Roman, Imperial period, ca. 1st to 3rd century CE. A massive carved stone spout from a fountain in the form of a lion's head. The thick lips part to reveal an opening for water to flow through. The face features wide-set eyes, a thin snout with flaring nostrils, and voluminous carved fur and mane around the face and mouth. Rome was famous for its fountains, the end point of a massive aqueduct system that carried water into the city from clean sources several miles distant. Size: 8.7" L x 14.2" W x 9.5" H (22.1 cm x 36.1 cm x 24.1 cm); 15.5" H (39.4 cm) on included custom stand.
In the classical world, lions symbolized power, wealth, and might. They were famously featured in many ancient myths, perhaps the most famous being that of Hercules (Herakles) slaying the Nemean lion for his first labor. That lion's fur was believed to be impenetrable to attacks since according to legend it was made of gold and its claws were far sharper than swords with the power to slice through armor. In the end, Hercules defeated the lion by strangling it and wore its skin.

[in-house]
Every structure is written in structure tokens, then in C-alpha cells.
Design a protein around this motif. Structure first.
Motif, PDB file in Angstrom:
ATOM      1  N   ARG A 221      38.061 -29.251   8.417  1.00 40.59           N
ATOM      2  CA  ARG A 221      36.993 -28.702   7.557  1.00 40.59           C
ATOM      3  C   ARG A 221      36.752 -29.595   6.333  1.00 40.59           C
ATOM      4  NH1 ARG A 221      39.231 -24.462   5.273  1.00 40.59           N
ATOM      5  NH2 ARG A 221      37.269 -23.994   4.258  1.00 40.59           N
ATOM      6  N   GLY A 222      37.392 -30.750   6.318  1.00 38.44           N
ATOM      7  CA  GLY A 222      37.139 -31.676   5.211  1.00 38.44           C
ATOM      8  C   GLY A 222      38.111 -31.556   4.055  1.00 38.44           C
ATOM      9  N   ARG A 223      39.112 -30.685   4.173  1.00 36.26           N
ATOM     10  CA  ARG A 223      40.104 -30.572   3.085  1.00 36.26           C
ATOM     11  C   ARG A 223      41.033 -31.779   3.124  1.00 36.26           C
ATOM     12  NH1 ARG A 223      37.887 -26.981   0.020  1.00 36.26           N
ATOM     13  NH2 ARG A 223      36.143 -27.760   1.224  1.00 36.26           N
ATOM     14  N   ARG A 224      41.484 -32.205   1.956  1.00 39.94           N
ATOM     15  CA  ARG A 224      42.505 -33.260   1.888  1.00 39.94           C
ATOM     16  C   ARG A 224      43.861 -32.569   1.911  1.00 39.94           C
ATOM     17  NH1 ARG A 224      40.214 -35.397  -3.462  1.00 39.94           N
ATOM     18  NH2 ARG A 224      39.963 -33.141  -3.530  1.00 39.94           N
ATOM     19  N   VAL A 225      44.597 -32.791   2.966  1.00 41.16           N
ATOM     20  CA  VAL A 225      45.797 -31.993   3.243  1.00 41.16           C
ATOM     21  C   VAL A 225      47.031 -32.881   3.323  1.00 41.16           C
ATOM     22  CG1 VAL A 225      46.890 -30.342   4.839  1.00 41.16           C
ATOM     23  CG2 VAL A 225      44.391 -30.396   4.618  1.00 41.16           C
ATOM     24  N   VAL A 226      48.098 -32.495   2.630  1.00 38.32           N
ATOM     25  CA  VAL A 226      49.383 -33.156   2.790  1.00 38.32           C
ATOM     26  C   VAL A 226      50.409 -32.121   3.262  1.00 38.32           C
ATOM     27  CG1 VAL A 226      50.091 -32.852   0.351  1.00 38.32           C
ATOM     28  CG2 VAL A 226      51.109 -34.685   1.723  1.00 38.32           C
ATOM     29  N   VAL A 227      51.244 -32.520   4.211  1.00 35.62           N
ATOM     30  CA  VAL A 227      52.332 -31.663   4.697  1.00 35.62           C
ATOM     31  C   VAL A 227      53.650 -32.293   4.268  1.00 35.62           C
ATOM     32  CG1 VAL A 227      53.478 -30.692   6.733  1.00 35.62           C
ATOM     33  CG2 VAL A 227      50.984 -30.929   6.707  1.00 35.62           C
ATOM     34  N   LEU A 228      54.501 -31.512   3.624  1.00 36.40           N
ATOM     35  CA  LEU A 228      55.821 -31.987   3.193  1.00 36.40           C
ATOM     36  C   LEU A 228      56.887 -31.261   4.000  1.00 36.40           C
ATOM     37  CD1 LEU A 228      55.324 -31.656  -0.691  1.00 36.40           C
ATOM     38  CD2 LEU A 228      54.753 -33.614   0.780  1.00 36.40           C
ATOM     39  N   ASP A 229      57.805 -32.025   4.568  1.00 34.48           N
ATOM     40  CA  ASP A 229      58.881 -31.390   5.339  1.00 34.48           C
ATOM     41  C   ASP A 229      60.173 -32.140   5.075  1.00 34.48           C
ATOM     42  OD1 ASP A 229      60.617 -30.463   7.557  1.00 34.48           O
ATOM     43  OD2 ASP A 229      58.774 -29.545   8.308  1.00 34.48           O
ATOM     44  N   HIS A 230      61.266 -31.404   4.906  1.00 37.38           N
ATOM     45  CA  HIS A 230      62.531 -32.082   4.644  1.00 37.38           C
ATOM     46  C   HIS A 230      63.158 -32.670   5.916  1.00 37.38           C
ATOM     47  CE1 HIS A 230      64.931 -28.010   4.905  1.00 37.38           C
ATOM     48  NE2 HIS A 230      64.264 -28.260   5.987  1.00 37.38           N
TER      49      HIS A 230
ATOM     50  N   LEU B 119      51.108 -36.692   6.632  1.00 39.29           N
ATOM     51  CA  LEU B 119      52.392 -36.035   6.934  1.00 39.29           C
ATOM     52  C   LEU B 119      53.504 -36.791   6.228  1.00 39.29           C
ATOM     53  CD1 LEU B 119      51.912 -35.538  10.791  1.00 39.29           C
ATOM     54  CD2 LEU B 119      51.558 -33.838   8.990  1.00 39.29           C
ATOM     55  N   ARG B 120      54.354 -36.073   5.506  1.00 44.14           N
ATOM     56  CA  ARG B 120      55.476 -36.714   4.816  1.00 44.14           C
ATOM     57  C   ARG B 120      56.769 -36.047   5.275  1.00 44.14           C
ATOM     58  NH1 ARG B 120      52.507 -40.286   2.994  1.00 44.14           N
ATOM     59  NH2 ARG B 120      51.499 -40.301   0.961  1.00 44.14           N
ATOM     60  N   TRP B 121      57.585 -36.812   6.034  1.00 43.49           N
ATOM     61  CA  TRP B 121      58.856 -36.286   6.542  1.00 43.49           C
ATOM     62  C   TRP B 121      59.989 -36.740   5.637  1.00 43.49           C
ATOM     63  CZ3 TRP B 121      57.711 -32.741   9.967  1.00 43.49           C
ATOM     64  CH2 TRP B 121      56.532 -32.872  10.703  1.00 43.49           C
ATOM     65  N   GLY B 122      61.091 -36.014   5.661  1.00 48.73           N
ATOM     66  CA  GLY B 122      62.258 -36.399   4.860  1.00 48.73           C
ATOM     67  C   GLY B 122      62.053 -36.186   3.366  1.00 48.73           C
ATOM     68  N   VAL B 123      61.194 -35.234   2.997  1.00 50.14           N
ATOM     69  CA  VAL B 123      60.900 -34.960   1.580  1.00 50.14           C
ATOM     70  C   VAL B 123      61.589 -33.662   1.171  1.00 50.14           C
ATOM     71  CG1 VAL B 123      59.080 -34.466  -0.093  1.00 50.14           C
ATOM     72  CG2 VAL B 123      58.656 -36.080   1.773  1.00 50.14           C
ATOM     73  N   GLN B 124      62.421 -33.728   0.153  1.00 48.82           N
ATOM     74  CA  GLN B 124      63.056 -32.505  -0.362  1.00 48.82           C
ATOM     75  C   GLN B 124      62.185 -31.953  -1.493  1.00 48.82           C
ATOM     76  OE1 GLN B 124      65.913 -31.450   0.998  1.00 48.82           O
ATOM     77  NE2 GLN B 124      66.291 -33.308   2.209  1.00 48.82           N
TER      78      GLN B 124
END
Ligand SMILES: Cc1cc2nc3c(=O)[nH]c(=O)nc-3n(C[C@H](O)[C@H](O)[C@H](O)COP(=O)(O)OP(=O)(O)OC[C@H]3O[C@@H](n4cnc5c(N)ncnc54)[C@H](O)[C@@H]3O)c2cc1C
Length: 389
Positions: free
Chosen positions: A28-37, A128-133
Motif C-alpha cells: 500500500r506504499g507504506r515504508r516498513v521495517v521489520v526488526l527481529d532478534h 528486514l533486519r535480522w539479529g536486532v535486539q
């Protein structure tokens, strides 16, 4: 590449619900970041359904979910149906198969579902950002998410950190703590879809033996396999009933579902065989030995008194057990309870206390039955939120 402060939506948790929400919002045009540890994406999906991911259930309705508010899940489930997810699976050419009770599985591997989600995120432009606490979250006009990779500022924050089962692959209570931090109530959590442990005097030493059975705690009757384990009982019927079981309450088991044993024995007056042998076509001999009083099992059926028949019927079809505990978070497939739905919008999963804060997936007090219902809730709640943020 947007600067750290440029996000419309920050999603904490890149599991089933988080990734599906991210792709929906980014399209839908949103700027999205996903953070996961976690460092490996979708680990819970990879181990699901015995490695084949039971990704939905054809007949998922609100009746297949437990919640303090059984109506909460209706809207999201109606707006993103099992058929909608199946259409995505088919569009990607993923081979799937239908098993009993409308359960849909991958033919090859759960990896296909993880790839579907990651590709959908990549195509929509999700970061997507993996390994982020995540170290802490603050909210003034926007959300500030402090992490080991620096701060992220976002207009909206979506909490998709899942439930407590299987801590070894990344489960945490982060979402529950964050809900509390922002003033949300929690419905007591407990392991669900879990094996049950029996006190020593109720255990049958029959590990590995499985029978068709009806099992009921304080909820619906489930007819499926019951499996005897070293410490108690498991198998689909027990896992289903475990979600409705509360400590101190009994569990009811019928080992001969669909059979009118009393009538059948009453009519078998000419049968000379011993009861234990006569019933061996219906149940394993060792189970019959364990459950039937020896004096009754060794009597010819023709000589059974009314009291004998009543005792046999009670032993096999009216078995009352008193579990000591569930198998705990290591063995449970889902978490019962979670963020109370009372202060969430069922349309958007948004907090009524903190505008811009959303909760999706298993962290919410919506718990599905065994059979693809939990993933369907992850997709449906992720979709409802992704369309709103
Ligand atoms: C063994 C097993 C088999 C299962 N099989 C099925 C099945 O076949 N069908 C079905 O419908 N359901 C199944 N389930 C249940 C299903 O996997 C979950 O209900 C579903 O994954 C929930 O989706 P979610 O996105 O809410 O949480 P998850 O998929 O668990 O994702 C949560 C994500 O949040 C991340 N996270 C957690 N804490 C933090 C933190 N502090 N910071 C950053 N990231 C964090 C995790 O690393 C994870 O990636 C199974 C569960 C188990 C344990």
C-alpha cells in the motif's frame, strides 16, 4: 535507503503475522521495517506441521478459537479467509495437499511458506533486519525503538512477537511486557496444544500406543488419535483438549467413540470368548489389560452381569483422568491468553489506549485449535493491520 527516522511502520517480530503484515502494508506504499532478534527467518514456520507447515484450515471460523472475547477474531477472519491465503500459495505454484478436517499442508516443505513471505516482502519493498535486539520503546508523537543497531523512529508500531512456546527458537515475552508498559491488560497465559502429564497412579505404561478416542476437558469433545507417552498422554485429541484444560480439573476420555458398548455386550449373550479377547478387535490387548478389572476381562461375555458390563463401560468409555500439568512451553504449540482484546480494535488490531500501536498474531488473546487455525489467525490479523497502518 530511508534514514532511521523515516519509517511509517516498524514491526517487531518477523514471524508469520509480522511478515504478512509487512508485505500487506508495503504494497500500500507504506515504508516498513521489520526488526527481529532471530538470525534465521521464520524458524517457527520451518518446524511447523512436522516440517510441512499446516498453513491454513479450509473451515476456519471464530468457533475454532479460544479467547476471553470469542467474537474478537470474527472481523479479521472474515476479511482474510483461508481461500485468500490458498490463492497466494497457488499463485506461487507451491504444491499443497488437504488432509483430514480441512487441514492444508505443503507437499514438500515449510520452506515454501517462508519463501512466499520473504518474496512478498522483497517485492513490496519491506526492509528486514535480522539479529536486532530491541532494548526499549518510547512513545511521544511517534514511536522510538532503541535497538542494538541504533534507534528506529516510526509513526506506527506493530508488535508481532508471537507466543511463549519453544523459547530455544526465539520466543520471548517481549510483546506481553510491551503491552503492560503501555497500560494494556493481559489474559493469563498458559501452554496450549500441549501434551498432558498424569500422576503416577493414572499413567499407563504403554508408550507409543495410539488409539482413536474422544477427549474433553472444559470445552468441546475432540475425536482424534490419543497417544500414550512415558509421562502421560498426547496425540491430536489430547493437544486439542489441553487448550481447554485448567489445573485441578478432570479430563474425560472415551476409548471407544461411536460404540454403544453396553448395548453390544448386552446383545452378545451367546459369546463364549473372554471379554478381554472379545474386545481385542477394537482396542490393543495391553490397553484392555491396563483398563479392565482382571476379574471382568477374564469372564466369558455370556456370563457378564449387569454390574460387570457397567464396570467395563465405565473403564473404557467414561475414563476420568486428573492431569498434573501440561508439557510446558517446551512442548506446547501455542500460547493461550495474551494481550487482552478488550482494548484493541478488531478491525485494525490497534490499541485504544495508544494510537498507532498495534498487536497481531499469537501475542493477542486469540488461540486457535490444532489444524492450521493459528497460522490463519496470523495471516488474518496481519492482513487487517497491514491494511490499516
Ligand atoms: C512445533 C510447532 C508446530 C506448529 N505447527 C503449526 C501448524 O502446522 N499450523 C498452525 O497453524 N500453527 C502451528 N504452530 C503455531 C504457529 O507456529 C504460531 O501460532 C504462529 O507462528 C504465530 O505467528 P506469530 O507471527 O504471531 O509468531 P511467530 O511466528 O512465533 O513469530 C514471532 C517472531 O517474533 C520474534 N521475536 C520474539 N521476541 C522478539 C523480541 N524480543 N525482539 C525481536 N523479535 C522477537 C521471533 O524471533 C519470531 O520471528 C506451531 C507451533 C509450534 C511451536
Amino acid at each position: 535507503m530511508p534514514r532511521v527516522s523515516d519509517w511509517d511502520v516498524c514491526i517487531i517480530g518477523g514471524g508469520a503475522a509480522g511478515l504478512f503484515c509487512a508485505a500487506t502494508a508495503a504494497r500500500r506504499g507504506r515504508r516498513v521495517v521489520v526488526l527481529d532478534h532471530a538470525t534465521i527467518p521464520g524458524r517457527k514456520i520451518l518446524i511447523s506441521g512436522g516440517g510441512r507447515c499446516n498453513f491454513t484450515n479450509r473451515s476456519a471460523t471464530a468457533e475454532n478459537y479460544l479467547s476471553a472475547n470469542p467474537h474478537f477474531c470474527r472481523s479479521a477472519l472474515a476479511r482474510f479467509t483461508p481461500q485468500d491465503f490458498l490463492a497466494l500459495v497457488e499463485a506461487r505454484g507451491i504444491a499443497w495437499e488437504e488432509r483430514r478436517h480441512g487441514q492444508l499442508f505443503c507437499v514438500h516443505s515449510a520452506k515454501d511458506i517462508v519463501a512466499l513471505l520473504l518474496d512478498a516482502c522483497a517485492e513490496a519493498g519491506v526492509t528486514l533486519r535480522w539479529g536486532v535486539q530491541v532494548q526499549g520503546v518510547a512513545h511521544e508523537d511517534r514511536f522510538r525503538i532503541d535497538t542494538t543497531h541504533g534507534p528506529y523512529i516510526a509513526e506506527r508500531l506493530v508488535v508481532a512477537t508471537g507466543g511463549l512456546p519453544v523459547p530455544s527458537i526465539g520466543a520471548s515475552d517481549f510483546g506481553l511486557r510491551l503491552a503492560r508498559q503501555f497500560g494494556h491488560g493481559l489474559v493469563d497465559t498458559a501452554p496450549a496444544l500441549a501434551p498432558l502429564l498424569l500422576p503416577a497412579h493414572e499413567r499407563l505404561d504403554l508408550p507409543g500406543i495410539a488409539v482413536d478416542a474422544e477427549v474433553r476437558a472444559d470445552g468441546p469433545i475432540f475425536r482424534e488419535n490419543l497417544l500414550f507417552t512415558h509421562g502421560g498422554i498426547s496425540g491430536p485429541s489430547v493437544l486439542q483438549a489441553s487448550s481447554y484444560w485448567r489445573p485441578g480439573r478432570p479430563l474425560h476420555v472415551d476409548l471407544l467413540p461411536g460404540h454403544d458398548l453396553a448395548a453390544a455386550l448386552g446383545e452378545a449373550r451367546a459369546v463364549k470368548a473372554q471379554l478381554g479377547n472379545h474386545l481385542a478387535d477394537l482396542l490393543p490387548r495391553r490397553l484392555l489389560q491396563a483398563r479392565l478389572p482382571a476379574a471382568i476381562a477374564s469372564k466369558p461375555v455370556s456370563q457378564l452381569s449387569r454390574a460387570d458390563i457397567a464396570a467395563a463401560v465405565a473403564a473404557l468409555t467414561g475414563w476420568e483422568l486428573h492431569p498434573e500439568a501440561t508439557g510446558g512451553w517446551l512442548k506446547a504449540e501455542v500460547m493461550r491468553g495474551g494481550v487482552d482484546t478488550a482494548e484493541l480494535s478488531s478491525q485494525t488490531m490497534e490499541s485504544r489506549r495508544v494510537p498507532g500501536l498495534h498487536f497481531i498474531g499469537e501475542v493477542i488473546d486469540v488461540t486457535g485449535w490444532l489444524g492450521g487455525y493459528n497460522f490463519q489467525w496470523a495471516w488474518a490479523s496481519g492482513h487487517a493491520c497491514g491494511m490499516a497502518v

Lions were also favorite iconography for buildings, coins, and statues in the ancient world. Examples include the Lion Gate to the Citadel of Mycenae, the Terrace of the Lions on the island of Delos, and the lion hunt mosaic from Pella featuring Alexander engaged in a lion hunt. Of course lions were also used in the Roman arenas where they would fight other animals, such as tigers and bears.
Provenance: private East Coast, USA collection
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